Renewed interest in forestry has prompted diversification of traditional pastoral-based farming systems with plantation forests being established on less productive land. In the current market, there is significant demand for timber with some of the highest sustained prices being achieved for many years.

There is strong interest in traditional breeding country areas across New Zealand, which is providing a backstop for land values, particularly for steeper and marginal land.

Most sales involve traditional pastoral farmers. Decisions are often influenced by considerations around farming systems, risk mitigation and exploring synergies between arable, pastoral, dairy, and forestry farming classes.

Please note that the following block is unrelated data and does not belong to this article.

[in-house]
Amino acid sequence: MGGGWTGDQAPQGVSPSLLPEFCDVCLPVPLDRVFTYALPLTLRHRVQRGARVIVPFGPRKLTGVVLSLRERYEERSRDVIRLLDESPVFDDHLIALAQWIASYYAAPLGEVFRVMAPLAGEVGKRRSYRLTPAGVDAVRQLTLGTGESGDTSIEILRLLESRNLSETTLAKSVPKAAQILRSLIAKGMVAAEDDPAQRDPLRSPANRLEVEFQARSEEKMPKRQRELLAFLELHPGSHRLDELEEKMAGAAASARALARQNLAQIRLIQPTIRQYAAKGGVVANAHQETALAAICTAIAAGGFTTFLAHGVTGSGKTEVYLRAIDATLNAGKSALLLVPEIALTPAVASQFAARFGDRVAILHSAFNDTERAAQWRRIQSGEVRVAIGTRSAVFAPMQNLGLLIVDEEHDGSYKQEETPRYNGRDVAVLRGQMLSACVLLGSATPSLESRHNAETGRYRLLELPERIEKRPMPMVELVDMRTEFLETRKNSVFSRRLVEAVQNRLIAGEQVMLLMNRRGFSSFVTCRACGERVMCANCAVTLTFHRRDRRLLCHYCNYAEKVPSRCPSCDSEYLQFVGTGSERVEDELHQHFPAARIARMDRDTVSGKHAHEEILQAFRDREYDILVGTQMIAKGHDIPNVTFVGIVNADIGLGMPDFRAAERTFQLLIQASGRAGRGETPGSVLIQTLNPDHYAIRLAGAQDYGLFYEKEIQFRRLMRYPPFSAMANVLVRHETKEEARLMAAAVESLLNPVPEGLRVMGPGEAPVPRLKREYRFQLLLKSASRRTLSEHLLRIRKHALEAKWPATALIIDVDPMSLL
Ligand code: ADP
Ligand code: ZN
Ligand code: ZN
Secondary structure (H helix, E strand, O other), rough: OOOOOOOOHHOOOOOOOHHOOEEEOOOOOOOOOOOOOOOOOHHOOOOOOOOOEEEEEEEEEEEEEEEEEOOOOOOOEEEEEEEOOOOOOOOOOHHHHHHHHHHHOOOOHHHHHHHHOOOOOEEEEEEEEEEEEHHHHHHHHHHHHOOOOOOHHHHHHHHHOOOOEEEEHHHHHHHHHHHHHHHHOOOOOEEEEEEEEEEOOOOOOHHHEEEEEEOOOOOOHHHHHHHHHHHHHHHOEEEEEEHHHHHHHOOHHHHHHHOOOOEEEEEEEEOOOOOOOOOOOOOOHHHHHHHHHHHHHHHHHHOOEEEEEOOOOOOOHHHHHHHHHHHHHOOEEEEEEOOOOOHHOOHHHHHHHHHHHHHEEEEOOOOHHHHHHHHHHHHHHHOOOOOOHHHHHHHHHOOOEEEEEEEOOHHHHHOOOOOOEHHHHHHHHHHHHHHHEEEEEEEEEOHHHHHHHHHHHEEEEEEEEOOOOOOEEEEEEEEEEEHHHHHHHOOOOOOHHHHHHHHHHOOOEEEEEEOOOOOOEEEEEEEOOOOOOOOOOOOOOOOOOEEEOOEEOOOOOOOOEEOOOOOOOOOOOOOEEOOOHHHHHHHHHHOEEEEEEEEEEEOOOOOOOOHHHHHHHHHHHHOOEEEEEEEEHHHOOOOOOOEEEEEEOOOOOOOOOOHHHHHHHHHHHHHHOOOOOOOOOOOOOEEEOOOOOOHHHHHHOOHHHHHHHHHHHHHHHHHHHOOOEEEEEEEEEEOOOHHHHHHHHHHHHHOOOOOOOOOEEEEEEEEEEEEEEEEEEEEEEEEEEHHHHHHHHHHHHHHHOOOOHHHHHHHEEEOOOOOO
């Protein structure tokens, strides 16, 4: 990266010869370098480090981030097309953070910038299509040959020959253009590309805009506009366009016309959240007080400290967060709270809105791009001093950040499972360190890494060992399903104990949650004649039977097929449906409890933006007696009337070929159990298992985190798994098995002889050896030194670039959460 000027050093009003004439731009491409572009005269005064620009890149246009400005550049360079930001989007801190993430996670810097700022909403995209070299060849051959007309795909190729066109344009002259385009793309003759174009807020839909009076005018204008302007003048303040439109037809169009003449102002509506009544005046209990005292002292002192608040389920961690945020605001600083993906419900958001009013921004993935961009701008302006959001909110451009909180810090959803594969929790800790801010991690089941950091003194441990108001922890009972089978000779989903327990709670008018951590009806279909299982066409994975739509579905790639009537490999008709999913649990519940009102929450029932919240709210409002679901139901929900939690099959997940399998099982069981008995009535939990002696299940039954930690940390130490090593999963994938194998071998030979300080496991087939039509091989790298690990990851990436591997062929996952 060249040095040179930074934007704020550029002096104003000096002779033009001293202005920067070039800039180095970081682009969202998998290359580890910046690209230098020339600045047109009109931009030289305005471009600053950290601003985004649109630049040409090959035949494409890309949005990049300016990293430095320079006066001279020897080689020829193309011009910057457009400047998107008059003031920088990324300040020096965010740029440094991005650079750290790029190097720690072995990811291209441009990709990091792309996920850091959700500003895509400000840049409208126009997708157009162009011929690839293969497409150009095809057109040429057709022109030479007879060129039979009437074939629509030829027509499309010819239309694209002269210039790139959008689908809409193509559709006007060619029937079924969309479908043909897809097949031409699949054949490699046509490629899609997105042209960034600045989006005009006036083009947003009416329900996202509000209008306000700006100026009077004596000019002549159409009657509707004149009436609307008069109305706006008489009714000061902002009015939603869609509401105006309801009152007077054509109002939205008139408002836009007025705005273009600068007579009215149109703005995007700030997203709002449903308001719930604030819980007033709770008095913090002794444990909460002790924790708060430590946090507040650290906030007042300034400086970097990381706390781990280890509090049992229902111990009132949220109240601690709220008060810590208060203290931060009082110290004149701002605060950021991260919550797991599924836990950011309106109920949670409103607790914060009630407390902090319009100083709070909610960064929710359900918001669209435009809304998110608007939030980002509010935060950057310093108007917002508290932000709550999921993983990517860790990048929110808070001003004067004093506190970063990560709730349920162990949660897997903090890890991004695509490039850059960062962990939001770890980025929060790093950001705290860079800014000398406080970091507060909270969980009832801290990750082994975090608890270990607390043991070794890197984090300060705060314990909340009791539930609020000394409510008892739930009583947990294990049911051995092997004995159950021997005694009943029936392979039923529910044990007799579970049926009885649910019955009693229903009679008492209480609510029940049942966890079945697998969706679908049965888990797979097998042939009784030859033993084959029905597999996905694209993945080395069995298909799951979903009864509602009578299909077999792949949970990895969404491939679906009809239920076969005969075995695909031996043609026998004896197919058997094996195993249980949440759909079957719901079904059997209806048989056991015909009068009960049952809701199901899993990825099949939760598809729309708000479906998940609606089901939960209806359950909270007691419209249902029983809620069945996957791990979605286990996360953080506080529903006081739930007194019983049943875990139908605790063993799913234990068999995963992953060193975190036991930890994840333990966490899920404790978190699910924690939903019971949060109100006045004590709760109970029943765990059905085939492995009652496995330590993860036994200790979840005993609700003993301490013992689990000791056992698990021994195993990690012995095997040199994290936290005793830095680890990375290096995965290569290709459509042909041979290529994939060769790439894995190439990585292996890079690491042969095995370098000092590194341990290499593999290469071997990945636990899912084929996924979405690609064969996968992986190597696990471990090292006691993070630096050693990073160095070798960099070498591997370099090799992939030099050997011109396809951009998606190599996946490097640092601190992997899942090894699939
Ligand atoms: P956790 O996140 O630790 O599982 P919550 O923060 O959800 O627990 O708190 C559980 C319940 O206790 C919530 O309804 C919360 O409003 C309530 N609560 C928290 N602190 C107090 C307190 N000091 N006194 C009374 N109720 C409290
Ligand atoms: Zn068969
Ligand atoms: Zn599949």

More rural property market research

Canterbury Dairy Market Update  | December 2021
Kiwifruit Property Market Report | December 2021
   

Central Otago Viticulture Property Market Update | November 2021
    
Canterbury Dairy support and arable land market  | September 2021    
Southland Dairy Property Market Update | August 2021   

New Zealand Forestry Market Update| August 2021
  

Kiwifruit market update | May 2021
   
North Canterbury Sheep and Beef Property Sales Map  |  May 2021     
Canterbury Dairy Property Market Update | April 2021     
Southland Dairy Property Market Update |  March 2021   
Marlborough Viticulture Market Update | February 2021


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Property Market Research Series: South Island Sheep and Beef

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Related Experts

Luke van den Broek

Registered Valuer | Rural Valuation